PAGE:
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The Roses and the Rosary

Margaret Galitzin

When I was in fifth grade, a good Irish Daughter of Charity did her best to transmit to her class not just the perfunctory practice of the Rosary, but a love of the Rosary. When we said the Rosary in the month of October, she told us to imagine that we were making a garland of roses for the Blessed Virgin with every five decade Rosary. Each Hail Mary was a white rose to honor her exquisite purity; each Our Father a red rose honoring the Blood Our Lord shed for love of us.

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Our Lord, on a rose tree, embraces the Virgin Mary
13th century, Straubing, Munich
This was a practice not just for the girls of the class, who naturally like to make flower garlands, but also the boys. For when a young man wants to make his mother happy and show how much he loves her, he brings her flowers. And the most beautiful and precious of flowers is the rose.

It was a very beautiful lesson, given with that bit of Irish fantasy and poetry that flows naturally in Gaelic veins, to encourage us to an intimacy with Our Lady. She didn’t stress duty, the benefits to be gained, the favors to ask through the Rosary – all true enough. No, she wanted us to pray the Rosary to please Our Lady, to make her happy, to show our love for her.

This was much the spirit that inspired the Rosary, originally called the Psalter of Mary. In place of reciting the 150 psalms of the Divine Office, the prayer offered by priests and religious on behalf of the whole Church, the simple people took up the practice of reciting the Pater Noster (Our Father) 150 times. Later, they took to saying 150 Hail Mary’s, subdivided into three sets of 50 stanzas, each set designated as a chaplet. It was “the Psalter of Our Lady,” and the people prayed it to add their voices to the prayer of the Church and to please the Blessed Virgin. They wanted to bring Holy Mary delight by recalling to her the joy of the Incarnation through the recitation of the Ave Maria, the Archangel Gabriel’s greeting to Mary found in the Gospel of St. Luke (1:28).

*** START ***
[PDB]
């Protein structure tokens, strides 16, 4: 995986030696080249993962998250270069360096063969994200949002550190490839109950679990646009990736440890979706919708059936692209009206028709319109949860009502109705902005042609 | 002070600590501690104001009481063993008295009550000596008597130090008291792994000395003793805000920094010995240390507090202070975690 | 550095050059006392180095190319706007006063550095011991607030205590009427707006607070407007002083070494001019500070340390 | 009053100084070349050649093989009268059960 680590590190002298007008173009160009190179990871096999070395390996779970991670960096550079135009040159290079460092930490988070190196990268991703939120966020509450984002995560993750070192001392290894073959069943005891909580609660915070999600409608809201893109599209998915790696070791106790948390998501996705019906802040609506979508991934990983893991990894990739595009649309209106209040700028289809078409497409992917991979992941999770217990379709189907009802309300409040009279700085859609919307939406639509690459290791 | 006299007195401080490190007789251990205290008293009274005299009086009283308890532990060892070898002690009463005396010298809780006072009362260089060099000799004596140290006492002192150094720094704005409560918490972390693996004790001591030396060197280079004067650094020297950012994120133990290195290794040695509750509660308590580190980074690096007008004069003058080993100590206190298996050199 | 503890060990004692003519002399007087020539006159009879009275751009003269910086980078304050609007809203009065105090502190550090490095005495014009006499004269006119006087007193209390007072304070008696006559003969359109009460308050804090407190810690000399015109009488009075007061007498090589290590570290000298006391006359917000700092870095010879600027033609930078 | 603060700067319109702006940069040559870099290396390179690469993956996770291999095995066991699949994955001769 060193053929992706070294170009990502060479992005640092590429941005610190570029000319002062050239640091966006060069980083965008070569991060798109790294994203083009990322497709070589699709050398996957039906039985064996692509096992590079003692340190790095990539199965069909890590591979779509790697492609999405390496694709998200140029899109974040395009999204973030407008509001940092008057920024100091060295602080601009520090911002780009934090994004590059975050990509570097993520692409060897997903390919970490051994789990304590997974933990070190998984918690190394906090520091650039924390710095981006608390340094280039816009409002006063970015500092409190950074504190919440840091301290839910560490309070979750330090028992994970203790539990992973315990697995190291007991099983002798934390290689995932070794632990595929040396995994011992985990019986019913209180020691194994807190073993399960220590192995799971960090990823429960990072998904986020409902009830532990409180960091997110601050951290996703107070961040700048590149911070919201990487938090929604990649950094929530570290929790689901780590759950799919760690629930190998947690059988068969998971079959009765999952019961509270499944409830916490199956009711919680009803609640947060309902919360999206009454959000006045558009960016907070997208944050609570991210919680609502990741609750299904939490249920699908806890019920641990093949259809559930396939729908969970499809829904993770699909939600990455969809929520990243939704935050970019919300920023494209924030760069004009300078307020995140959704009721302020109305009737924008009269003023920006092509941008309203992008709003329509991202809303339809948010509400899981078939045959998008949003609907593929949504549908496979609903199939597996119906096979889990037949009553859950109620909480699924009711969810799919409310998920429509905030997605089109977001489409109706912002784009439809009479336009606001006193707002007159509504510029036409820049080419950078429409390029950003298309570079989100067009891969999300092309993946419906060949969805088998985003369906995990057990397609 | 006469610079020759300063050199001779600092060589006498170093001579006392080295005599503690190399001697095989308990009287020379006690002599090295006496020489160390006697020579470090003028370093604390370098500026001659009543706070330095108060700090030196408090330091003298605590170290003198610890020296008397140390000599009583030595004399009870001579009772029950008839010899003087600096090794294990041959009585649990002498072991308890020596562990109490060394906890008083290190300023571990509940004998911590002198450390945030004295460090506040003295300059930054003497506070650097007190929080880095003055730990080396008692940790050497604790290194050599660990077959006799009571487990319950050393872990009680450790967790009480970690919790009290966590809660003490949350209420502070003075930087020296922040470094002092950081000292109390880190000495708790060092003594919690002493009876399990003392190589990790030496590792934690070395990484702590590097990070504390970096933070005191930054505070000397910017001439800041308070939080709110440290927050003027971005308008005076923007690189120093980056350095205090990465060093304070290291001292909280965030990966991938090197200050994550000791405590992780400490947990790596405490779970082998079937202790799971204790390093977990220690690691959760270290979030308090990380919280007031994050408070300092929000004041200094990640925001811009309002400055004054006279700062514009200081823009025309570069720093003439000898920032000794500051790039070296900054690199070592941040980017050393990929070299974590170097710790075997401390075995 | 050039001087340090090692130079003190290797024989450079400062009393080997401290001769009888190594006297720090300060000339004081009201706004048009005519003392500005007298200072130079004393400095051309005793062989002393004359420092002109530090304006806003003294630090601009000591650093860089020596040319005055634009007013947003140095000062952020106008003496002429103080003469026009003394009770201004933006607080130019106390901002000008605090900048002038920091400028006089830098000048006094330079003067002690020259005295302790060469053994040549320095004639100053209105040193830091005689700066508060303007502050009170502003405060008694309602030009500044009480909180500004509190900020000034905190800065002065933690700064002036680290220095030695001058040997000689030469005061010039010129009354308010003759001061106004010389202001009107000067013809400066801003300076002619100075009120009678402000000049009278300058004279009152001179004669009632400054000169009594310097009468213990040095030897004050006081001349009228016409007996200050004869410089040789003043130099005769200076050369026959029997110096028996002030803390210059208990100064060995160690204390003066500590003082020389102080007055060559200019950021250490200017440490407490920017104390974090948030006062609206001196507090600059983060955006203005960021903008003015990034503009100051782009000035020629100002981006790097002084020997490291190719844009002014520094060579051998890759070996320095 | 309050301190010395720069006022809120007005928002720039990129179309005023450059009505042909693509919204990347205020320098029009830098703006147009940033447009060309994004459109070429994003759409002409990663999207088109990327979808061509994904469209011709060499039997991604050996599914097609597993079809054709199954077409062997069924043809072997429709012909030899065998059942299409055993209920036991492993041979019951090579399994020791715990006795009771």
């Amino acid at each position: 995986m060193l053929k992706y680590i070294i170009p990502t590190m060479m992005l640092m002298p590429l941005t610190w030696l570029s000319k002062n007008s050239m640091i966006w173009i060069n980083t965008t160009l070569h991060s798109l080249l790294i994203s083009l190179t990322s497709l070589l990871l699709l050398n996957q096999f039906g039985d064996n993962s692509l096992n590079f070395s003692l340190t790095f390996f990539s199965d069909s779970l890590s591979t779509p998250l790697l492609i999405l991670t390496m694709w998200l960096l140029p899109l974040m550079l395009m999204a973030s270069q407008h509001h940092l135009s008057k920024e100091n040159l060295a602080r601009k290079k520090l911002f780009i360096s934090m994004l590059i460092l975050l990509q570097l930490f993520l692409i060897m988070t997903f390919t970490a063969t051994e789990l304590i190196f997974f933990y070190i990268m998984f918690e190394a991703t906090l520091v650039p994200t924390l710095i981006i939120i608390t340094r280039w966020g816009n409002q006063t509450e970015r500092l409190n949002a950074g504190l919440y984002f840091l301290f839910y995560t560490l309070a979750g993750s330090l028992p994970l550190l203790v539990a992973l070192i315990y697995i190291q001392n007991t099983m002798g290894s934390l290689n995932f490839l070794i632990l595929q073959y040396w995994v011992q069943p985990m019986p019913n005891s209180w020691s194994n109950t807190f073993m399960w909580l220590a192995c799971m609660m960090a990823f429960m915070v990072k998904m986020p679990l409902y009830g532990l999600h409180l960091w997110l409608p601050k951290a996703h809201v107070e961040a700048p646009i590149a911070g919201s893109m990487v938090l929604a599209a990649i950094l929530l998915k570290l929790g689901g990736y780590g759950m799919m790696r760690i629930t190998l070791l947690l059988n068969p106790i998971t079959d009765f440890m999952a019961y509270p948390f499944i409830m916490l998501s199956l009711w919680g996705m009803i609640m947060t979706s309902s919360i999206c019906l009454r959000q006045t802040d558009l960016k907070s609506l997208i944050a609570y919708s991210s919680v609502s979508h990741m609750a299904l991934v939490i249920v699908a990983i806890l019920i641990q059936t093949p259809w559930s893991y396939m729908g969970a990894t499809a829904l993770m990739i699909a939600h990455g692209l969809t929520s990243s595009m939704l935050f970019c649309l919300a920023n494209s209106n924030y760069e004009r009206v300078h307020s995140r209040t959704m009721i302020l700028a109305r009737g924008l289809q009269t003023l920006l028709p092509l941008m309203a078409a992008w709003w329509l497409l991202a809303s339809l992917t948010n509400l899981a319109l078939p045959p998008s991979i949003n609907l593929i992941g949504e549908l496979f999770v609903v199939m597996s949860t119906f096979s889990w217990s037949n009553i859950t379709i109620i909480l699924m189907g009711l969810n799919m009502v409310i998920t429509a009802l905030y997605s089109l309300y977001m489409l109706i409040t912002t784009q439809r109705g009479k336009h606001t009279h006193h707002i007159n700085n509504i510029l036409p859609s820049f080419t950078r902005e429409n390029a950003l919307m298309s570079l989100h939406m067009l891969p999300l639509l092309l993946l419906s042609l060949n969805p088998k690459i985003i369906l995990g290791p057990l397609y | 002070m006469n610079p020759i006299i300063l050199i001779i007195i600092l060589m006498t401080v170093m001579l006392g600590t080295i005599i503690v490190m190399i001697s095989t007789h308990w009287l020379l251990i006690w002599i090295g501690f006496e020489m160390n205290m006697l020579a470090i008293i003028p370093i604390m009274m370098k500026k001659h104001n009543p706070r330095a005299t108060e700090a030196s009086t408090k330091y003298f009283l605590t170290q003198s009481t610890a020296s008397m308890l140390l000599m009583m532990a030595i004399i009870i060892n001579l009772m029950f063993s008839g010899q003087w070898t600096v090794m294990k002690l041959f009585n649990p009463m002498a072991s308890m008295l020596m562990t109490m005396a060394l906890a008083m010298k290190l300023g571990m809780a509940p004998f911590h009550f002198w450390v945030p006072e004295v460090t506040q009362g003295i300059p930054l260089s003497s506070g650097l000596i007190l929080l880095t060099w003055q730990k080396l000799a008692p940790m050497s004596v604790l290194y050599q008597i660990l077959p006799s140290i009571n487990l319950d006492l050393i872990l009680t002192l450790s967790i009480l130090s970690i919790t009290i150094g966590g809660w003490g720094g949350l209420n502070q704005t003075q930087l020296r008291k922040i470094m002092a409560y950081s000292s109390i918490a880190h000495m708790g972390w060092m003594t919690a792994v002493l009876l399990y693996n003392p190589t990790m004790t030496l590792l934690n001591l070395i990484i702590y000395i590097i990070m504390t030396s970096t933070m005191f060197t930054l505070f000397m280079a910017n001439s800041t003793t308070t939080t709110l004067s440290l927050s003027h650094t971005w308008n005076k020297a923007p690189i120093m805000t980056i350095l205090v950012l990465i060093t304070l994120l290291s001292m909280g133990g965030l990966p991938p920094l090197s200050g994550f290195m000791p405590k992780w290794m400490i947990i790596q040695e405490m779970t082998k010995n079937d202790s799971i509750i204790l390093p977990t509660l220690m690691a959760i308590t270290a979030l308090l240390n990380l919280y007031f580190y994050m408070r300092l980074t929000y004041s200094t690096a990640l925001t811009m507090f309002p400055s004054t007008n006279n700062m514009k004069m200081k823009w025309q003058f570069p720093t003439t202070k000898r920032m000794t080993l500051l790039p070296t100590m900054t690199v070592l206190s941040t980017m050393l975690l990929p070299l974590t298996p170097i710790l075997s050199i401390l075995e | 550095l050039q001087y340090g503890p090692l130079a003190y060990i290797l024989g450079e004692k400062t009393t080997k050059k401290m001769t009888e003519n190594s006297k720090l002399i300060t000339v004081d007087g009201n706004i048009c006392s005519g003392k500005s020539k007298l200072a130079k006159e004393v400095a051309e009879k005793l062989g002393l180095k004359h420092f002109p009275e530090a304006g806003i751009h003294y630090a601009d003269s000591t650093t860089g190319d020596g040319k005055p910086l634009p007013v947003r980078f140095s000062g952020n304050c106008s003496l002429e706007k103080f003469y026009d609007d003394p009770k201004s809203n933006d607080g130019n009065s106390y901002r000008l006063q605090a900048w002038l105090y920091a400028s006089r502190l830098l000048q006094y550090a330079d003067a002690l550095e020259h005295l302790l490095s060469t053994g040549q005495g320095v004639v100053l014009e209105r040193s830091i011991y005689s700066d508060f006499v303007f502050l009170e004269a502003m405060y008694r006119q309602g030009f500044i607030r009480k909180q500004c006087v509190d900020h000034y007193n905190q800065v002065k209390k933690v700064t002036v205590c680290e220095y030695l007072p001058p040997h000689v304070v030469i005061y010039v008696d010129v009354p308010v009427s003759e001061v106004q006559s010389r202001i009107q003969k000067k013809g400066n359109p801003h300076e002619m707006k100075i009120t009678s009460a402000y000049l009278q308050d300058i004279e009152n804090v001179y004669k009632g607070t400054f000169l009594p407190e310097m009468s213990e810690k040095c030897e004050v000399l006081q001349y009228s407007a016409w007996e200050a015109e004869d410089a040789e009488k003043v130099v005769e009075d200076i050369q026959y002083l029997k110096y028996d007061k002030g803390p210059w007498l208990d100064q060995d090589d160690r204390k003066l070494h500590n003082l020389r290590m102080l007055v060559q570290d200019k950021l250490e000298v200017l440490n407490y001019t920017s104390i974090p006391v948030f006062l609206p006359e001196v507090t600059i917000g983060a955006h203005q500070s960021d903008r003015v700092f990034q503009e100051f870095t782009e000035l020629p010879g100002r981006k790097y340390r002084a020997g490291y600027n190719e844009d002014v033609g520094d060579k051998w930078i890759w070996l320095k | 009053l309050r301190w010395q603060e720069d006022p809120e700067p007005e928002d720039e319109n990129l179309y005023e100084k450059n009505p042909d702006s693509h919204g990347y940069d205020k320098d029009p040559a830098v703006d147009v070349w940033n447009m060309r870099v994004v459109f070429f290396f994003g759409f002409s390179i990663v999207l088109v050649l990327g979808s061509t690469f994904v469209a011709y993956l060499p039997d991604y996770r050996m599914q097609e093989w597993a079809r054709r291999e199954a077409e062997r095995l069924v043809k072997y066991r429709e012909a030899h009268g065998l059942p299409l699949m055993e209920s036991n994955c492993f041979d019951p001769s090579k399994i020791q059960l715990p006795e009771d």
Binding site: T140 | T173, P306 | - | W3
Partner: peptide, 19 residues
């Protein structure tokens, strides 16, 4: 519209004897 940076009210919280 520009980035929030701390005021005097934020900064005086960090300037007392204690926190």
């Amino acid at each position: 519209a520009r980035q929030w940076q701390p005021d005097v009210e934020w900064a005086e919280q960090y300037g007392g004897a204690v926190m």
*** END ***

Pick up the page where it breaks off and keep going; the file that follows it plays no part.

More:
By the late Middle Ages, the vox populi, the voice of the people, had replaced the name Psalter with Rosary, or rosarium in Latin, meaning a “crown of roses.” One inspiration for the name was the idea of placing on the heads of Jesus and Mary garlands of 150 white roses and sixteen red roses, roses that never wilt or lose their beauty.

Hail-Marys seen as roses

One of the earliest mentions of Aves taking the form of roses and comprising garlands occurs in the story, “Aves seen as Roses,” which appears in the 13th century in Latin, Catalan and German versions. Later, this story was included in almost all the Rosary confraternity handbooks to demonstrate how much this pious practice pleased Our Lady.

What is the story? Here it is.

A good, simple secular man had the daily practice of making a chaplet of roses, or whatever flower he could find according to the season, and placing it on the head of a statue of Our Lady. He did this with great joy and pious devotion.

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Robbers see Ave-Marias as roses issuing from the mouth of the monk
The Virgin saw the good intention of his heart, and wanting to help him further it, gave him the desire to take up the religious life. And so he became a lay brother in a cloister. But in the cloister he was given so many tasks to perform that he no longer had time to make Mary her chaplet as he was accustomed to do. For this reason, he became dissatisfied. He was about to leave the order and return to the world, when an older priest became aware of his distress. The priest wisely advised him that he should recite each day 50 Ave Marias in place of the chaplet and convinced him that the Virgin Mary would prefer that to all the rose chaplets that were ever made. The lay brother followed the advice and continued in it for some time.